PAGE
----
US stocks were on course to record their steepest monthly decline since March’s market meltdown, with the presidential debate failing to assuage investor concerns about the looming election.
Wall Street futures fluctuated after the tussle on Tuesday evening between Donald Trump and Democratic challenger Joe Biden. S&P 500 futures were off 0.5 per cent, but had been down more than 1 per cent during the European morning.
Deepening angst ahead of the election in the world’s largest economy also weighed on European shares, while better than expected Chinese economic data did little to lift the cautious mood.
US stocks rallied from April to August as the Federal Reserve conducted a massive monetary stimulus. However, sentiment has since darkened, leaving the S&P 500 down about 5 per cent for September.
When asked repeatedly whether he would commit to respecting the results of November’s election, Mr Trump instead reiterated his assertions of widespread voter fraud.
“Trump clearly did not assuage concerns about a contested election, should he lose,” said Supriya Menon, senior strategist at Pictet Asset Management.
“He also appeared to do little to win over independent voters,” Ms Menon added, raising the prospect of a Democratic victory that could mean lower earnings for companies if Mr Biden raised taxes, as well as “issues over governability” if Mr Trump did not immediately concede the presidency.
The prospect of a disputed election has also increased speculation that US stock markets will be volatile after the vote. Futures contracts pinned to the Vix, the index known as the markets’ “fear gauge”, suggest that would hit readings of 30 or more between October and December. When markets are calm, the Vix usually trades at 20 or below.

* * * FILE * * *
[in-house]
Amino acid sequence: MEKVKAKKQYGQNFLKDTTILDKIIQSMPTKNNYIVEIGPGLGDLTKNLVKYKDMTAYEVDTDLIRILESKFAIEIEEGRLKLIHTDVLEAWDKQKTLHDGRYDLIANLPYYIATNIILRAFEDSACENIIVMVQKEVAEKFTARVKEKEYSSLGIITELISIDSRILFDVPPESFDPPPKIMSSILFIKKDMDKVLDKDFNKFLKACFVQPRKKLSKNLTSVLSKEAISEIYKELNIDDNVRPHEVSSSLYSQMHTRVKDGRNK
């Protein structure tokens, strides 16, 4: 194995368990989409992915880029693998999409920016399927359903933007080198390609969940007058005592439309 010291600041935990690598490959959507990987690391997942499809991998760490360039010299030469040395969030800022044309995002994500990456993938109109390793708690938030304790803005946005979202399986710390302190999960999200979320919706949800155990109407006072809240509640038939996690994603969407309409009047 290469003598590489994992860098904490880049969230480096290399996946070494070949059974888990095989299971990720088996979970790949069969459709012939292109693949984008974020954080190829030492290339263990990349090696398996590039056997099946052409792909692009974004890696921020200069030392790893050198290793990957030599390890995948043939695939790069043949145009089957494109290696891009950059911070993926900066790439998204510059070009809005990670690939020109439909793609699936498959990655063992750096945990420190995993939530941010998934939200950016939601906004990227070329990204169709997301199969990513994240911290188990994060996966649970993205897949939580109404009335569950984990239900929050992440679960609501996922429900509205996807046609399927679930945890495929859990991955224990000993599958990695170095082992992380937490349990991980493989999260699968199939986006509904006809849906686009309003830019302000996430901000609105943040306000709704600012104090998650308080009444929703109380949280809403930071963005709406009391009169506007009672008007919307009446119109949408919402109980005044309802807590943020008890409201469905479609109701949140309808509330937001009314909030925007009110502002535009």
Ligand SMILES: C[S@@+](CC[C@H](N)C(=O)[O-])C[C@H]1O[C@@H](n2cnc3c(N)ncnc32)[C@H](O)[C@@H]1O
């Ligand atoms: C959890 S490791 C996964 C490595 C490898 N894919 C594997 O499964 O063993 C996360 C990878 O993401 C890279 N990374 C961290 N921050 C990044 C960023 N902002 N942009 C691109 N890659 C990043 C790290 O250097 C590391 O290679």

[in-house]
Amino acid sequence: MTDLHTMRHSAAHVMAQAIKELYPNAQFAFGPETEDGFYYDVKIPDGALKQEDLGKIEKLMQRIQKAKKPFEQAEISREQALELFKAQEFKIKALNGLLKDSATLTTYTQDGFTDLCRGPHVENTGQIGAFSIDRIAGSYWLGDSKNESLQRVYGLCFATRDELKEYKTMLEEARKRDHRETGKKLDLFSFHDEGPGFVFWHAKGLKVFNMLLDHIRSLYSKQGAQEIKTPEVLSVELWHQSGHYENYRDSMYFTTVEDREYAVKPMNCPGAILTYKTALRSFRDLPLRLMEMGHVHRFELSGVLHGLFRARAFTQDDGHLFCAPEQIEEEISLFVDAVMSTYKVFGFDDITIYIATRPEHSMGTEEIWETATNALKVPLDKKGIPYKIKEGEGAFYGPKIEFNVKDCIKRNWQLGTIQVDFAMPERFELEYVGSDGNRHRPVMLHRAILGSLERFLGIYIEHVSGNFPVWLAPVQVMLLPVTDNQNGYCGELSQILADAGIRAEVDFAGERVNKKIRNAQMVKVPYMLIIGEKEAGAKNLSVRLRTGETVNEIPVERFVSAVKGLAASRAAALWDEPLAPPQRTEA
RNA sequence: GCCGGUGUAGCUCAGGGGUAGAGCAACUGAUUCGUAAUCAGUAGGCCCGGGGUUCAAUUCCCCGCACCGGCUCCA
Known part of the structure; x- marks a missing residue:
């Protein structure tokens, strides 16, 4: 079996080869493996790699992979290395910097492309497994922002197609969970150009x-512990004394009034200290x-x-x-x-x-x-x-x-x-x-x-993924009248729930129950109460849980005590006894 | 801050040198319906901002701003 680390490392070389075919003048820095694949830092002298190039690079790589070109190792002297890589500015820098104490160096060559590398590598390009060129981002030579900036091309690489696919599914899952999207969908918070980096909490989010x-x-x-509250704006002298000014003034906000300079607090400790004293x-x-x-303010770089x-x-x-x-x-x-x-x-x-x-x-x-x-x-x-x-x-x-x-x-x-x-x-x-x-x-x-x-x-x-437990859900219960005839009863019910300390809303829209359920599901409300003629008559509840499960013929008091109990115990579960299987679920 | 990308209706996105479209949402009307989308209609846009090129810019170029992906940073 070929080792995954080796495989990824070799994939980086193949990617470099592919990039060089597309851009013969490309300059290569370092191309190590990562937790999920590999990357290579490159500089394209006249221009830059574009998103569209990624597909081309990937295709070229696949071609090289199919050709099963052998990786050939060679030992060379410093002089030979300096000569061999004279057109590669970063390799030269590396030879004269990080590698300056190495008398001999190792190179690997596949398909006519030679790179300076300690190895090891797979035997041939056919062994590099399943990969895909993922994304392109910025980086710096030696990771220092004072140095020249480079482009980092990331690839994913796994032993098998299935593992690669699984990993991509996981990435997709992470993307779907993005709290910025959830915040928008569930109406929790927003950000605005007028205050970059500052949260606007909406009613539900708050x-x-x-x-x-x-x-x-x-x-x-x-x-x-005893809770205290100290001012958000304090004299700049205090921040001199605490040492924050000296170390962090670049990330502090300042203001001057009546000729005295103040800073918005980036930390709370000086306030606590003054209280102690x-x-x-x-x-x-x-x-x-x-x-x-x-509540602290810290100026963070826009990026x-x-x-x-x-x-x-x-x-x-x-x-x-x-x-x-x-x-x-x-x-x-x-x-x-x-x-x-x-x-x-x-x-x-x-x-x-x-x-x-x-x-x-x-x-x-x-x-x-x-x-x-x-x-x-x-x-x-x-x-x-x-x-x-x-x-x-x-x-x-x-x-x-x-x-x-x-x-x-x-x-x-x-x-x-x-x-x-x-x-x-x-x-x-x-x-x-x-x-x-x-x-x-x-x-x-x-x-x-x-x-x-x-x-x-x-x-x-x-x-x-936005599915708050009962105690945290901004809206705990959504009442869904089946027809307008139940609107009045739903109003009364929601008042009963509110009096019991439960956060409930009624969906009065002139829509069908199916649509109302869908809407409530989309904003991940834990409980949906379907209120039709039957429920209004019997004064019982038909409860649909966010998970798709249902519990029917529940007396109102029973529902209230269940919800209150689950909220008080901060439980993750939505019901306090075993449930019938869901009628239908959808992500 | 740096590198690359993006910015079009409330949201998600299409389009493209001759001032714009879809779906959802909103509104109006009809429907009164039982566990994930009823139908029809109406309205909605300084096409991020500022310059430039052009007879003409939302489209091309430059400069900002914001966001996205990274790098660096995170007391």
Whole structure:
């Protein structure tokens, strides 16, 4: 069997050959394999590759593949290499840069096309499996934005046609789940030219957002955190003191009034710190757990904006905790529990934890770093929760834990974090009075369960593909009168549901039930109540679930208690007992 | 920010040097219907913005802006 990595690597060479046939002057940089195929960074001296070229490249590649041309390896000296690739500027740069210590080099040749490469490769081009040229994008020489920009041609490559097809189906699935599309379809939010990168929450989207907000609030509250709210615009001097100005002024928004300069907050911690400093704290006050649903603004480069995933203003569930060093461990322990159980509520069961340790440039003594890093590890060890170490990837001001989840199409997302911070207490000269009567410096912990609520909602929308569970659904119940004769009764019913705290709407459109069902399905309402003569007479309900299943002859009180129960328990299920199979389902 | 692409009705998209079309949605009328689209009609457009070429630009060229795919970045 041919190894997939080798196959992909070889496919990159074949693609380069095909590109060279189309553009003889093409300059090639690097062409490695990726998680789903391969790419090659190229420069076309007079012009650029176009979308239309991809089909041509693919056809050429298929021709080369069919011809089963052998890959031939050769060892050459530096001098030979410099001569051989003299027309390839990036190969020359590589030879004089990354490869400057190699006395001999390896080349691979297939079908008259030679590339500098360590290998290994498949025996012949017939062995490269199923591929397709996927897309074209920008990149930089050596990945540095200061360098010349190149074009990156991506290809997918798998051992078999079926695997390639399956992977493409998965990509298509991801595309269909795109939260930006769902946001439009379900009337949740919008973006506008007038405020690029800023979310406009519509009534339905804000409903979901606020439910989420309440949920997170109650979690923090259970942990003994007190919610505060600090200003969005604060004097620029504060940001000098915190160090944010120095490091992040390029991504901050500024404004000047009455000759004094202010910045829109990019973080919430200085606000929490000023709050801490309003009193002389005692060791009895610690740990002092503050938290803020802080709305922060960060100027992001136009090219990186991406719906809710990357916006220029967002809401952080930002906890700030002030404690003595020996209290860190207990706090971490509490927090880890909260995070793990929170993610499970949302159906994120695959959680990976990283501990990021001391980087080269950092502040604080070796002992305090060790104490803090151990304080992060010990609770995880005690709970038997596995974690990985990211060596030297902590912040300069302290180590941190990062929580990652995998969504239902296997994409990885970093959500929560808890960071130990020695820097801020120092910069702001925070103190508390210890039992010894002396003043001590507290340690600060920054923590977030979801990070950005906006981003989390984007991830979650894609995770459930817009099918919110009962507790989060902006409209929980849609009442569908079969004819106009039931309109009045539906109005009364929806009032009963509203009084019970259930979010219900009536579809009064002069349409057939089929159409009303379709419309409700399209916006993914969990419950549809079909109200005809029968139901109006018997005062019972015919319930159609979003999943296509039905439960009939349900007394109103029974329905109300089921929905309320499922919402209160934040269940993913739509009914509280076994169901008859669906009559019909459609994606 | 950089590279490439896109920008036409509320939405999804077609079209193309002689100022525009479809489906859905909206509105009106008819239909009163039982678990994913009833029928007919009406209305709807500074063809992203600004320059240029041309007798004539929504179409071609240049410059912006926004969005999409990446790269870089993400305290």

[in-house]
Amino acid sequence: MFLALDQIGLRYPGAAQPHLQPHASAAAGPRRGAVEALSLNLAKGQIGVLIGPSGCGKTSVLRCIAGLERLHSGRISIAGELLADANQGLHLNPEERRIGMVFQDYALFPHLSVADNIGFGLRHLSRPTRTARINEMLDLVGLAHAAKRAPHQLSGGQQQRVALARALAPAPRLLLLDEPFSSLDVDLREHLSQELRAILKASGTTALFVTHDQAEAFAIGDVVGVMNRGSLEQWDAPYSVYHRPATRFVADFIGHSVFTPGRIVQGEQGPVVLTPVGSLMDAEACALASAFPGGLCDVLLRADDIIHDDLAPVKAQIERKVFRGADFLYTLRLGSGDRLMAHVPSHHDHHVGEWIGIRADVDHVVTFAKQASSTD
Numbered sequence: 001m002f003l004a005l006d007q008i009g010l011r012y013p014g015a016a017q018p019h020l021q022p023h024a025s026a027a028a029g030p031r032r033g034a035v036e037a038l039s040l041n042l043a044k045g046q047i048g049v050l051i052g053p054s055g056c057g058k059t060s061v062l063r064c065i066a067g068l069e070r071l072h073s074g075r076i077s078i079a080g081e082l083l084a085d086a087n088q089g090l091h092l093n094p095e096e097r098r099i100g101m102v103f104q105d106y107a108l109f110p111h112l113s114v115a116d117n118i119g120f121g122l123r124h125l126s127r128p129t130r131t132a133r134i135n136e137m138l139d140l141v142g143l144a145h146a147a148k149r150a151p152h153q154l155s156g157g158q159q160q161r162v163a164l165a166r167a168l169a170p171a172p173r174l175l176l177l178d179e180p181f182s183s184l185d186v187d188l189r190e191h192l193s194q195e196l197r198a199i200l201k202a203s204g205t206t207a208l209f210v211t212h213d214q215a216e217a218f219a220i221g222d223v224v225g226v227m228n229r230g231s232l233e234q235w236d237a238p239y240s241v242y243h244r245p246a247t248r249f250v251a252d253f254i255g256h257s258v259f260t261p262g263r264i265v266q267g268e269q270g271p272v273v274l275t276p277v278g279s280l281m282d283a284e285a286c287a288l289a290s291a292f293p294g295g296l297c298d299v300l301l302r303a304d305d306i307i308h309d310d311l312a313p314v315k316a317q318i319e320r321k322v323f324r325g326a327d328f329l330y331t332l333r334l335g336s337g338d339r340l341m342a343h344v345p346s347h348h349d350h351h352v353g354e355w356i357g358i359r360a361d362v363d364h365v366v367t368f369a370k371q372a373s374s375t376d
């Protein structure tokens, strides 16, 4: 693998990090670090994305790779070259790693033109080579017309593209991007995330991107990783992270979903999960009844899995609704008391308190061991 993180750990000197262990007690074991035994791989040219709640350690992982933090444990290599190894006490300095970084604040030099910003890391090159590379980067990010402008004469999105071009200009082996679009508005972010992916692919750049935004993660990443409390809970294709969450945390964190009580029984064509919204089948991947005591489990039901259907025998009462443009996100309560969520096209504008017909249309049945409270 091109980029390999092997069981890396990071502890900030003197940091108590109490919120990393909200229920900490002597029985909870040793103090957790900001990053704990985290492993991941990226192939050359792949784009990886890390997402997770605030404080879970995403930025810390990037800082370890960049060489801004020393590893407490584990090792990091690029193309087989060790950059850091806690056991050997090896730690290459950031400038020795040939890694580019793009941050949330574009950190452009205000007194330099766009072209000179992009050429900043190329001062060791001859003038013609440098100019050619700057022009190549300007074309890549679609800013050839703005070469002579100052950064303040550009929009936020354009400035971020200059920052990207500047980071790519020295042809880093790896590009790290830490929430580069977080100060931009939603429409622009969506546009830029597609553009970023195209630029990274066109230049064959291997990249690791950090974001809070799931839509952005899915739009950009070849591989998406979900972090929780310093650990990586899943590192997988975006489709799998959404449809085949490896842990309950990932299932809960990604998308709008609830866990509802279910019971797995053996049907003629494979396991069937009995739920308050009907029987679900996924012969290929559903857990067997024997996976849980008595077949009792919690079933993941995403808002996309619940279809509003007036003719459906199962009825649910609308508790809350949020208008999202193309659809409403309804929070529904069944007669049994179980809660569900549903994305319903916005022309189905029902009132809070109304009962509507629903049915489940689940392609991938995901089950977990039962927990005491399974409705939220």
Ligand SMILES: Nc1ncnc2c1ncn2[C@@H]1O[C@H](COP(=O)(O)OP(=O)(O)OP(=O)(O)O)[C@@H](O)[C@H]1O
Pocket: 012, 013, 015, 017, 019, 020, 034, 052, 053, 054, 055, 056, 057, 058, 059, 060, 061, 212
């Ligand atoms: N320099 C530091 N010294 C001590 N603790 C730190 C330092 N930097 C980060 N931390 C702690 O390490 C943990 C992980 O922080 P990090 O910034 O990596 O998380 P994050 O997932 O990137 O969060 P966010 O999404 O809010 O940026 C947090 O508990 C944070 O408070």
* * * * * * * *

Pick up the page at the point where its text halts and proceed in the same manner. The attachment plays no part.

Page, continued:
By early afternoon in London, the Europe-wide Stoxx 600 was down 0.2 per cent. Frankfurt’s Xetra Dax and France’s CAC 40 both fell 0.5 per cent.
The losses came despite signs that China — whose imports and overseas consumption support activity across the globe — was recovering strongly from the coronavirus pandemic.
China’s official purchasing managers’ index for the manufacturing sector, which tracks how companies are trading and how confident managers feel, rose to a reading of 51.5 in September from 51 in August. This was a better result than economists polled by Reuters expected for the index, where any reading over 50 shows expansion. New export orders rose for the first time since the Covid-19 pandemic began.
But the data failed to lift Chinese markets and the oil price. China’s CSI 300 index of Shanghai and Shenzhen-listed stocks gave up early gains to fall 0.1 per cent.
Brent crude dropped 1.6 per cent to $40.81 a barrel, potentially hit by a strengthening dollar, which makes oil imports more expensive for non-US buyers.
The index tracking the dollar against trading partners’ currencies hovered around a two-month high on Wednesday, reflecting how investors view the US currency as a shelter from economic shocks.
Georgina Taylor, strategist at Invesco, pointed out that the end of a quarter, a time when fund managers would often reposition their portfolios, could be adding to selling pressure for stocks.
The election debate, rising coronavirus cases worldwide and the final round of Brexit talks were all “increasing political and economic uncertainty, and markets do not like uncertainty”, Ms Taylor said. This, she added, meant fund managers could be selling assets to make more cash available for clients’ redemptions.